Is the National Collegiate Athletic Association (NCAA) responsible for not adequately warning college football players about brain injuries? Can a class action successfully address this? This class action brings suit against the NCAA as well as the University of La Verne (ULV) by a former college athlete who played for ULV from 1992-1994.
The class for this action is all individuals who took part in ULV’s football program between 1971 and 2010.
The complaint says, “During the course of a college football season, athletes absorb more than 1,000 impacts greater than 10 Gs and, worse, yet, the majority of football-related hits to the head exceed 20 Gs, with some approaching 100 Gs.”
Interestingly, the complaint claims that, while spinal fluid cushions the brain during normal activities, “relatively minor impact—including not only direct blows to the head, but also blows to the body and movements that cause the neck to whiplash—can more the brain enough to press through the spinal fluid, knock against the inside of the skill, and cause concussions.”
These repetitive impacts can cause concussions or traumatic brain injuries (TBIs) that increase the risks of long-term brain injuries such as memory loss, dementia, depression, Alzheimer’s disease, Chronic Traumatic Encephalopathy (CTE), and Parkinson’s disease.
The complaint claims that the NCAA’s predecessor, IAAUS, was formed in 1906 “because, at the turn of the twentieth century, head injuries were occurring at an alarming rate in college football.” The goal of the NCAA, it says, was to keep college athletes safe.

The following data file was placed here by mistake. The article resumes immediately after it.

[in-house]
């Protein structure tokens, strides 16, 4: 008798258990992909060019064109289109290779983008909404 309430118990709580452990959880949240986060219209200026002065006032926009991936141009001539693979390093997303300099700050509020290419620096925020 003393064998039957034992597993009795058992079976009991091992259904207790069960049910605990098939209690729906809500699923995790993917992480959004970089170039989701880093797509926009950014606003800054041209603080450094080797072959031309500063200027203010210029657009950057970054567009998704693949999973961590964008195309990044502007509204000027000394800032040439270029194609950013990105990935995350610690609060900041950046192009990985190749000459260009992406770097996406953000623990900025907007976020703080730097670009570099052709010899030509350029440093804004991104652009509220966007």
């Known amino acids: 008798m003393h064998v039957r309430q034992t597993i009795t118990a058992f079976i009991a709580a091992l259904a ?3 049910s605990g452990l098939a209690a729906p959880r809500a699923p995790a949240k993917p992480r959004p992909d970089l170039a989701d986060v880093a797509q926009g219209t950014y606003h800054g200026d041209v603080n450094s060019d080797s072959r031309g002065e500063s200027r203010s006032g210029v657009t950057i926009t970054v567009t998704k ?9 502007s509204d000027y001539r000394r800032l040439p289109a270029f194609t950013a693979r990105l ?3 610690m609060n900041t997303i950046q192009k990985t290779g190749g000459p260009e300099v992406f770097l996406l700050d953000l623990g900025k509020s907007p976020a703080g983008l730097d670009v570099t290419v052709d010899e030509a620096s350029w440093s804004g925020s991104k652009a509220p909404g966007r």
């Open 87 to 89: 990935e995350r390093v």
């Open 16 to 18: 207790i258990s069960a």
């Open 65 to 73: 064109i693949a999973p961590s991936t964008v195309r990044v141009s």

During the twentieth century, the complaint says, studies have shown that repeated and violent impacts to a human head can cause TBIs, with the possibility of long-term effects. The complaint reviews a number of these, including studies on the phenomenon of “punch-drunk” boxers who have taken too many blows to the head. It alleges that the NCAA and ULV had a responsibility to disclose the risks of head injury to college players.
After a concussion, the complaint says, players need time to heal the brain. A brain that has been concussed, it says, is more than normally susceptible to further injury. Players should never be put back into the game, the complaint says, on the same day as they have experienced a concussion.
A player who has a concussion can experience reduced brain function. A question commonly asked on the field to judge whether a player has experienced a concussion is, “What is your name?” Therefore, the complaint says, a player with a concussion can’t judge whether he still has the effects of the concussion. It is others, like the NCAA and ULV who must determine whether the player is still concussed or ready to play again.
The complaint claims negligence, breach of contract, and fraudulent concealment